Most administrators check these numbers when the server is already overloaded. The best way to manage Windows servers is to have some kind of third-party software that checks resources continuously and sends you an alert when they are overloaded. If you don’t have access to third-party software, the administrator should perform a quick check each morning to ensure that the servers are running smoothly.

Once you determine that your server is overloaded, you need to know if more hardware is the answer or an application is at fault. In rare cases, the hardware could be faulty and needs replacement. Unfortunately, you won’t know it’s faulty hardware causing the issue until you actually replace it.

Before you start adding more CPU, memory and network card resources, you can perform a few checks to identify if software is the problem. Before you make any of these changes, take the server offline. Some of these changes will stop services to your clients.

If your server is a web host, check your web services. You can reboot the application pool in Internet Information Services (IIS).


You can right-click any of the application pools in the list and recycle them. This action essentially reboots the web service. Just remember that recycling an application pool takes it offline for the amount of time it takes for the service to reboot. If you have a critical application running on your server, only perform this step during off-peak hours or after you’ve told users that the application will be down for several minutes. It actually takes a few seconds to recycle an application pool, but telling users it will take a few minutes gives you some extra time.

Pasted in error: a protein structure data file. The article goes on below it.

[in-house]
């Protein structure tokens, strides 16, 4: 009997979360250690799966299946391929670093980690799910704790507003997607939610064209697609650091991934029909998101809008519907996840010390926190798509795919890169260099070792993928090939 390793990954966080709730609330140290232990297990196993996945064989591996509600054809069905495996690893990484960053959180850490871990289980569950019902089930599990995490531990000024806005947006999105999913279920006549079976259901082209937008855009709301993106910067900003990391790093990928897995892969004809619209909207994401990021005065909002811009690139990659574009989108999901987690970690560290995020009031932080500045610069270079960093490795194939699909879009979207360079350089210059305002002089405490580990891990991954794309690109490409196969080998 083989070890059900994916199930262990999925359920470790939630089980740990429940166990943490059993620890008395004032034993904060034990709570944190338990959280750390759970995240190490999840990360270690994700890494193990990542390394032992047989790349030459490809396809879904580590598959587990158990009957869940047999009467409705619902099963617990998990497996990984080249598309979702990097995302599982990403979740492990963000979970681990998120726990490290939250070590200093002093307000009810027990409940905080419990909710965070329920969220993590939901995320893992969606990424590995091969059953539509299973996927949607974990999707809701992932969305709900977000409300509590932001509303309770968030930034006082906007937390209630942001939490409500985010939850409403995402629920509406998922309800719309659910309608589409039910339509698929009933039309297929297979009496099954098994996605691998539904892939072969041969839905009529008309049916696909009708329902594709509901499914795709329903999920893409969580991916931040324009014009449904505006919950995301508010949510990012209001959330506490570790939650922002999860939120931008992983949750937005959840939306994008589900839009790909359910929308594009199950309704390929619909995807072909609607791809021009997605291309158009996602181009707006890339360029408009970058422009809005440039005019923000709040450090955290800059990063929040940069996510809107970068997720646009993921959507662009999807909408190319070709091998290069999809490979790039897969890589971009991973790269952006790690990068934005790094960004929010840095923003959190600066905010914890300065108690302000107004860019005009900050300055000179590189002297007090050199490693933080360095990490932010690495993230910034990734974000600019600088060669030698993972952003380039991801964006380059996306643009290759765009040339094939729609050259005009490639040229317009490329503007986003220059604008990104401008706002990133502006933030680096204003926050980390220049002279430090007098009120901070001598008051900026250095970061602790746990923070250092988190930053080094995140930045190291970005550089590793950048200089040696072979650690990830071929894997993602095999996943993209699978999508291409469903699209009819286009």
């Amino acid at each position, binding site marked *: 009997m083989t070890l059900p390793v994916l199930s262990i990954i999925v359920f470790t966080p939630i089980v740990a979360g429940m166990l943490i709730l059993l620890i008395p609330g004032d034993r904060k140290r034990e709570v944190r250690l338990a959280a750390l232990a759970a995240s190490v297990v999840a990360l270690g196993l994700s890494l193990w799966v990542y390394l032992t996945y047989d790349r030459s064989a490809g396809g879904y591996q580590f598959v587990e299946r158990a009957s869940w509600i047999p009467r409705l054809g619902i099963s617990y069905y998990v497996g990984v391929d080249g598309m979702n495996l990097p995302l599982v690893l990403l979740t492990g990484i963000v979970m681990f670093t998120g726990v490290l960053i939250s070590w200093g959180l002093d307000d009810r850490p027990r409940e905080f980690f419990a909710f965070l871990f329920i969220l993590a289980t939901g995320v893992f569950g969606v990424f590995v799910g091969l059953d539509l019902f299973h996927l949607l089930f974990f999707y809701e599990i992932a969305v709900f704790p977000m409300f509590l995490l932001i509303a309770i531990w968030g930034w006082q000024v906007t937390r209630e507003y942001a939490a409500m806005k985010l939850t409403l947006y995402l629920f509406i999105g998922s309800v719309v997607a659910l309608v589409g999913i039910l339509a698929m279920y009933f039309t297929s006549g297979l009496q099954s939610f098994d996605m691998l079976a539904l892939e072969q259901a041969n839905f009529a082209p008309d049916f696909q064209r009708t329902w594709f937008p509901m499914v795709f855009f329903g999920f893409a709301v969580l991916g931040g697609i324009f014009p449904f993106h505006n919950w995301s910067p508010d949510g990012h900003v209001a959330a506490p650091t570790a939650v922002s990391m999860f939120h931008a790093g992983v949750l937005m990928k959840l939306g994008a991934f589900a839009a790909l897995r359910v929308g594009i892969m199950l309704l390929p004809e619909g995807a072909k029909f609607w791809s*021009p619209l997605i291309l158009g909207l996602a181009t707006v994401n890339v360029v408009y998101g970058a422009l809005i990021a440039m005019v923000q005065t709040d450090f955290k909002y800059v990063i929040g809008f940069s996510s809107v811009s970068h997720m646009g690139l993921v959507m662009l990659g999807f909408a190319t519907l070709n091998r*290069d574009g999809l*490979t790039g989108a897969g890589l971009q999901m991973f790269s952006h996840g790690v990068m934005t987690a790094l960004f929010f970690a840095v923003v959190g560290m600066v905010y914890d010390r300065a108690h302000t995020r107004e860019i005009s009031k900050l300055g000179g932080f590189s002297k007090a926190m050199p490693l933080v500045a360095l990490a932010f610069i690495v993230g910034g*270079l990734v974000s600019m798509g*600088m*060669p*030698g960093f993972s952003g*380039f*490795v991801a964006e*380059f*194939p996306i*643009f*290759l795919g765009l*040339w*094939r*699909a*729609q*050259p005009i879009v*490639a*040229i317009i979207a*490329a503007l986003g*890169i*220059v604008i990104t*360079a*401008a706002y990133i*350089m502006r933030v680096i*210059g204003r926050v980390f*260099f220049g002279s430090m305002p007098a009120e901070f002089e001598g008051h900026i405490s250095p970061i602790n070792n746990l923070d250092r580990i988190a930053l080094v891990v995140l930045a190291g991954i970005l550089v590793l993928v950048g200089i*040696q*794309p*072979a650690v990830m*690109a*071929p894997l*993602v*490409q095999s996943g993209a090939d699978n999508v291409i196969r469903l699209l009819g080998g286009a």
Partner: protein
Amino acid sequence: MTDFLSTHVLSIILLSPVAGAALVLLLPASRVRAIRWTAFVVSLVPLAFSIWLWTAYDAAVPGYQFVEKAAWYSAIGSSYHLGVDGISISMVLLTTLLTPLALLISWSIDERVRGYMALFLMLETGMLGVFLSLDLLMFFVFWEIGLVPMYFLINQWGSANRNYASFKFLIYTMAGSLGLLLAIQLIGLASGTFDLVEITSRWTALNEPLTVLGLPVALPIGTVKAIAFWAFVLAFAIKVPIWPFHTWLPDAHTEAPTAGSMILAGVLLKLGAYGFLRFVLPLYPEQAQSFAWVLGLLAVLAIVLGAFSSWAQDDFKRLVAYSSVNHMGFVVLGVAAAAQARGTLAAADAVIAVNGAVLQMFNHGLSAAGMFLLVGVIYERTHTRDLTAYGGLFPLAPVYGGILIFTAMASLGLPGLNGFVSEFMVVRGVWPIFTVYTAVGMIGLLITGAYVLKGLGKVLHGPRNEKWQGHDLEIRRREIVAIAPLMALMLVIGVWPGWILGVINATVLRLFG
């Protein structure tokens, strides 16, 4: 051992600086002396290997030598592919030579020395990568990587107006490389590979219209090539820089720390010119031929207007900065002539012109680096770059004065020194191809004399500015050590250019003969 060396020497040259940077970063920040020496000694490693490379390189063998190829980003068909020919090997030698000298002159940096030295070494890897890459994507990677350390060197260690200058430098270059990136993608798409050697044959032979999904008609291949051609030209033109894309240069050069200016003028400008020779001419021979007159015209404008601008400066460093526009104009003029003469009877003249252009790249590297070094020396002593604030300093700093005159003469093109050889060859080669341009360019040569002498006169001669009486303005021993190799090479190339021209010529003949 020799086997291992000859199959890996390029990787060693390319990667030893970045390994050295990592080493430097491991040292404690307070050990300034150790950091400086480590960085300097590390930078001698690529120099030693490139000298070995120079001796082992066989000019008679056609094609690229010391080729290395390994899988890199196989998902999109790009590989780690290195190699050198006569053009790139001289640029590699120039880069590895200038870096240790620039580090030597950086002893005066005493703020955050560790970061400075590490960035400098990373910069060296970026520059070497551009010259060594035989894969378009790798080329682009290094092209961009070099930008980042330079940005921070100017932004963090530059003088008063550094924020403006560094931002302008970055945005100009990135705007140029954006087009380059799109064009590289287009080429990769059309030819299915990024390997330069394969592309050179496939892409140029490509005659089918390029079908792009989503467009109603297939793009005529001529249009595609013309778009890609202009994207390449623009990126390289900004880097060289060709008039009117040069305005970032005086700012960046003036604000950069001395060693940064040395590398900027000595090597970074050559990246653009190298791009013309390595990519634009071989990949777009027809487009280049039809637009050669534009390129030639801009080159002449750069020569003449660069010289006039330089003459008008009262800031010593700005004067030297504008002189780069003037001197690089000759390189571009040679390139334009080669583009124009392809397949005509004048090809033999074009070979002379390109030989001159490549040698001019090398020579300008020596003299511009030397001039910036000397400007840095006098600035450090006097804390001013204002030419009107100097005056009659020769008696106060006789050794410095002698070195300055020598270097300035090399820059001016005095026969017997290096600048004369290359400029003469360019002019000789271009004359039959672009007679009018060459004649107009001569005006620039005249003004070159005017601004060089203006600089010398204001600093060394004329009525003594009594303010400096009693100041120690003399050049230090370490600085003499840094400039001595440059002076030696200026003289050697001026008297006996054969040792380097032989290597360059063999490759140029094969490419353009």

Task Manager has a tab named “Processes” that also gives you clues to what could be causing performance issues. If a process is taking too much server resources, you can close it and see if your server’s performance returns. Go back to your Task Manager window and click the “Processes” tab.


In the window above, only Chrome is taking memory resources. There is nothing that jumps out as overloading the server. However, if you see an application that takes too much memory, you can right-click it and choose “End Process.” This stops the application and process from running on your server. When you stop a process, the application no longer runs. Ensure that the process you stop is not a critical one for your users. You can later restart the application if your users need it.

If none of these solutions work, the last effort should be to reboot the server. You should only reboot a server if it’s absolutely necessary, but sometimes a reboot “fixes” the issues.

Quick performance checks on your server can save you from dealing with a total crash in the future. These checks give you insight to what could be causing resource usage spikes, so you can stop them before they become a critical outage on your network. Use these quick steps to review your Windows server and take the necessary steps to stop performance leaks.

Leave a Reply

Your email address will not be published. Required fields are marked *